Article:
The focus isn’t on really understanding the deeper meaning of Scrum events, rather teams new to Scrum very often put their focus on tasks, estimations and burn down charts. Thinking this is what “doing Scrum” is all about. This is not where the focus should be. It should be on communication.
Communication separates high performing teams from the run of the mill.
Some teams are focused on doing estimations and working on tasks and believing this is what “Scrum” is all about.
Only that these are just byproducts, not what being agile is about. Great teams know how to communicate, they have found an authentic way of communicating. By authentic I mean non forced, rather suiting the culture wherein they operate.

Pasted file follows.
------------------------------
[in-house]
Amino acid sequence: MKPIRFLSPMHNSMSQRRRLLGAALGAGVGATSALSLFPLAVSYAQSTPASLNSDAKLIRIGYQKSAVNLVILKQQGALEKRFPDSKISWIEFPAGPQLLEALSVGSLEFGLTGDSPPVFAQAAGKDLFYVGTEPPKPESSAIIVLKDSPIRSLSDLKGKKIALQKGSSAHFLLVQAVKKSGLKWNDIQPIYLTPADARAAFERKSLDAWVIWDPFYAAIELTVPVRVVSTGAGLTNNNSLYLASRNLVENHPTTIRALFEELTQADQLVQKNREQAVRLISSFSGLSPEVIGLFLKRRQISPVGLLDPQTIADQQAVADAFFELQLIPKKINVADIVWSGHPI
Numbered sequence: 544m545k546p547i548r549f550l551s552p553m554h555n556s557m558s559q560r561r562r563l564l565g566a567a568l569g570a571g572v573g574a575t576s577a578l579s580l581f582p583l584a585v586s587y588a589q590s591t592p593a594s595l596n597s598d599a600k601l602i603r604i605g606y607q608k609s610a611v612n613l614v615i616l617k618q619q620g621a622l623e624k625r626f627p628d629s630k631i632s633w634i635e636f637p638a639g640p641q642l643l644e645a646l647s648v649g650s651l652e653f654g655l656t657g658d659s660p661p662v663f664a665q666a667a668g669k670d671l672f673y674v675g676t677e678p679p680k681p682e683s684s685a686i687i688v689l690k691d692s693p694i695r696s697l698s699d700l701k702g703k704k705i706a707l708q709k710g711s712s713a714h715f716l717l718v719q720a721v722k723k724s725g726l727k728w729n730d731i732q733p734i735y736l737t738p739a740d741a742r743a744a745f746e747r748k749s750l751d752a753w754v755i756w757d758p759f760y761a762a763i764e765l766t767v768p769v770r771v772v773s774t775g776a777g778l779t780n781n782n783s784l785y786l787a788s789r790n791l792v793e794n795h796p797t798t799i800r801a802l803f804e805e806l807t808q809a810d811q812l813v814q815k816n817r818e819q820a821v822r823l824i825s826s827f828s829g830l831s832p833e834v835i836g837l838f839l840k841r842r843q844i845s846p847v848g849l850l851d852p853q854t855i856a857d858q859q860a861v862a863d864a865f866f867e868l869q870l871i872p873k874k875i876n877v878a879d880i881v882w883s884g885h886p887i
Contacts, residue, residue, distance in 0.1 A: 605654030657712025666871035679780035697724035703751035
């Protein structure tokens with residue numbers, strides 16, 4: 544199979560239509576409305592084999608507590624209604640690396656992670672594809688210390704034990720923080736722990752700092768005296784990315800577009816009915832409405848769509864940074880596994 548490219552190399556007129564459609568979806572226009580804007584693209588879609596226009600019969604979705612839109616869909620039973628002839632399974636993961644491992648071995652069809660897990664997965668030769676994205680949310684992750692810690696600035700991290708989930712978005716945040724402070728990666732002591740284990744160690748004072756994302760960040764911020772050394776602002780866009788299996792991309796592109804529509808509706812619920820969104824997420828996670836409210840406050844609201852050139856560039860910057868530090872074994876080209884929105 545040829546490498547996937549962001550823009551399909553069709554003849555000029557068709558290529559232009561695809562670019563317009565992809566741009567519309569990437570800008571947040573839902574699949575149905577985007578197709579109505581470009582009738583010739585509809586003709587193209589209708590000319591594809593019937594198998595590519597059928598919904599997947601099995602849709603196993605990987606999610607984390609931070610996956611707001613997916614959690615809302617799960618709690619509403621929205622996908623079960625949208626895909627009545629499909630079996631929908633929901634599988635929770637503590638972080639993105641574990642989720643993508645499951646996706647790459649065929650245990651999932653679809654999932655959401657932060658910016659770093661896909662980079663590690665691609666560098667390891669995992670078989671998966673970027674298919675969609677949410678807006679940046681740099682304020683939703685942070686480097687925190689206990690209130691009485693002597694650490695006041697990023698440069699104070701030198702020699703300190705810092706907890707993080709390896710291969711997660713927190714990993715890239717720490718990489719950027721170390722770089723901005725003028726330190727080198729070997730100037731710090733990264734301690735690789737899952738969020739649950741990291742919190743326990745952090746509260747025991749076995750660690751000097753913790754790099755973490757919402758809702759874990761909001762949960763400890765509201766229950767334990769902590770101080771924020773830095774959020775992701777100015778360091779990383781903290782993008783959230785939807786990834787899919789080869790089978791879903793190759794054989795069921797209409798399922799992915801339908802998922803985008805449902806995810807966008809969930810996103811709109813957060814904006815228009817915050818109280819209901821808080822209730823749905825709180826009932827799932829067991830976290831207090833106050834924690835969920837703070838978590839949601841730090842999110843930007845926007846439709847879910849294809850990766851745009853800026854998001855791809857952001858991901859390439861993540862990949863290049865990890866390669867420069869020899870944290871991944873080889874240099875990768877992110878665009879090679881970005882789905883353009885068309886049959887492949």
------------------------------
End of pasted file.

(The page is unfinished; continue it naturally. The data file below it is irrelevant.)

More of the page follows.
Nothing will appear more forced, than telling people they have to communicate. Telling people they have to communicate will lead to awkward Daily Stand-ups and retrospectives without significant outcome. Now is this a problem that Scrum should solve? Most probably not. But Scrum also doesn’t help either, by hiding the fact that this is a fundamental part to focus on.
Getting the Priorities right
Maybe Scrum or rather the Scrum consulting world should put more emphasis on highlighting the distinction between the public and protected parts of the framework.
Shifting the teams effort to really focus on introducing constant communication which is exactly what we want to achieve.